Activists’ open letter urges support for women, girls’ education in Afghanistan

An open letter addressing the United Nations Secretary General has been published by a campaign advocating for girls’ access to education in Afghanistan. The letter, supported by 30 organizations and 314 girls’ rights advocates, appeals to world leaders and member countries to fulfill their obligations by providing support for female students in Afghanistan.

The campaign calls upon diplomatic pressure to compel the Taliban to immediately reopen girls’ schools and ensure access to quality education for girls in the country. It highlights the fact that more than 659 days have passed since the closure of girls’ schools above the sixth grade, underscoring the urgent need for action.

The letter emphasizes the importance of the United Nations and its member countries in supporting the education of Afghan girls. It voices the aspirations of girls who have been prohibited by the Taliban from attending schools and universities, expressing their desire to return to educational institutions through the endorsement of this campaign.

One student, Fariha, who was in the 11th grade in a school in Herat, shared her frustration with a life without prospects and expressed hope that the efforts made will yield positive results.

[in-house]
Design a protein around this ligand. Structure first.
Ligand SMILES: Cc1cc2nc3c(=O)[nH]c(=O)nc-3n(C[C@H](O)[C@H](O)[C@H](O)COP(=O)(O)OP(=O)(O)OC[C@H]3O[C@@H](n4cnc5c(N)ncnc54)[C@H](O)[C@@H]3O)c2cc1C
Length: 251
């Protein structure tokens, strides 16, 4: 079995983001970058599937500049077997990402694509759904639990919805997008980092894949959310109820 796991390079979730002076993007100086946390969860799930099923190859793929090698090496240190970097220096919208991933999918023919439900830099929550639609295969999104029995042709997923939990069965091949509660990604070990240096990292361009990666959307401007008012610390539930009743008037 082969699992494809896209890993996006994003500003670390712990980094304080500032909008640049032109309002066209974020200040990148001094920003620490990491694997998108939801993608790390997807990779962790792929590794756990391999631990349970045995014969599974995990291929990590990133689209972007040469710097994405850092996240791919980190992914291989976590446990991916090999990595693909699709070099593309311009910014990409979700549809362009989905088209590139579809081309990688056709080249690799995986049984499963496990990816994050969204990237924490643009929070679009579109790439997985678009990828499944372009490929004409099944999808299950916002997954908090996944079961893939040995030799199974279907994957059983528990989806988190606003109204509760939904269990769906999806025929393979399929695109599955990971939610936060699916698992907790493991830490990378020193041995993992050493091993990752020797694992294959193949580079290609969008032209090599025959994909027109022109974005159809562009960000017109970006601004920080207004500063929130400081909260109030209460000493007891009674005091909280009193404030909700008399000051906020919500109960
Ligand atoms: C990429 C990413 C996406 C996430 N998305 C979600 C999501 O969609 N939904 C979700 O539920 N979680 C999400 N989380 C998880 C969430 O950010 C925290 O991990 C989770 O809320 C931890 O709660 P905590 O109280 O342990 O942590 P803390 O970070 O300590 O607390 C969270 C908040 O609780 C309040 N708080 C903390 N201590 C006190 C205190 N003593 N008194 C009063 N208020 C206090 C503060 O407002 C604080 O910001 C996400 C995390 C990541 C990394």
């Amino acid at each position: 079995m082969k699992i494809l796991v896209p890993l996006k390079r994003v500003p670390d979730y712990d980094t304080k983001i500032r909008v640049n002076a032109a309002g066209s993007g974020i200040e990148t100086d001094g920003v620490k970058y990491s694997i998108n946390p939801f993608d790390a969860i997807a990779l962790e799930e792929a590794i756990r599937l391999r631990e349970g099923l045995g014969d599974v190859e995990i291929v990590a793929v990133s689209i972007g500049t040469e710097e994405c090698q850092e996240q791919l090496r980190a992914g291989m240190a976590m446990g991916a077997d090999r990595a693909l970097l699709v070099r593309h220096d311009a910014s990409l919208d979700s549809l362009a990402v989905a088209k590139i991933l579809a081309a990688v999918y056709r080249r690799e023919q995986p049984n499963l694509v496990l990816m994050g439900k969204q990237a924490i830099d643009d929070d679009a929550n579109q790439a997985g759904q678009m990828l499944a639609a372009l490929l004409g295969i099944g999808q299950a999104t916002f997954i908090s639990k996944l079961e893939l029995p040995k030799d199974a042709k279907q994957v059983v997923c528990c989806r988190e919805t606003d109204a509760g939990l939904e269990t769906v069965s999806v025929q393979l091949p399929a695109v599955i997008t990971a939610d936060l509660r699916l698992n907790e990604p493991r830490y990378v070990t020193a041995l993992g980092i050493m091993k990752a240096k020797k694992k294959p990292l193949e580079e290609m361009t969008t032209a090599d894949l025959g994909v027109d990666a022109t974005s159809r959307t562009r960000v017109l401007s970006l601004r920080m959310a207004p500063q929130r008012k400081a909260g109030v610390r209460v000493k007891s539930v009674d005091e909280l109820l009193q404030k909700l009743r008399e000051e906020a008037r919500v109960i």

Fariha recounts her personal experience, stating that doors to education have been closed for nearly two years, depriving them of lessons and training. Even access to training courses, such as an English program she was enrolled in, has been denied due to the prevailing circumstances.

Women’s rights activists criticized the international community for tolerating the Taliban’s discriminatory policies against women. Maryam Arwin, a women’s rights activist, emphasized that without practical steps and genuine pressure from the international community and institutions like the United Nations, Afghan women and girls will continue to be denied their basic rights.

Despite numerous appeals from protest movements, women’s rights organizations, and the United Nations, the Taliban has not taken any action to reopen girls’ schools in the country, despite almost two years having passed since their closure.

Girls’ education in Afghanistan

Girls’ education in Afghanistan has long been a topic of concern due to various challenges and restrictions imposed by different regimes. Under Taliban rule in the past, girls were entirely barred from attending schools. Although progress was made in recent years with the establishment of girls’ schools and an increase in enrollment, the situation remains fragile.

Educational opportunities for girls have faced setbacks following the Taliban’s return to power. Since the closure of girls’ schools above the sixth grade, many young girls have been deprived of education for an extended period. Women’s rights activists, along with international organizations and the United Nations, have consistently advocated for the reopening of girls’ schools and equal access to education for all Afghan children.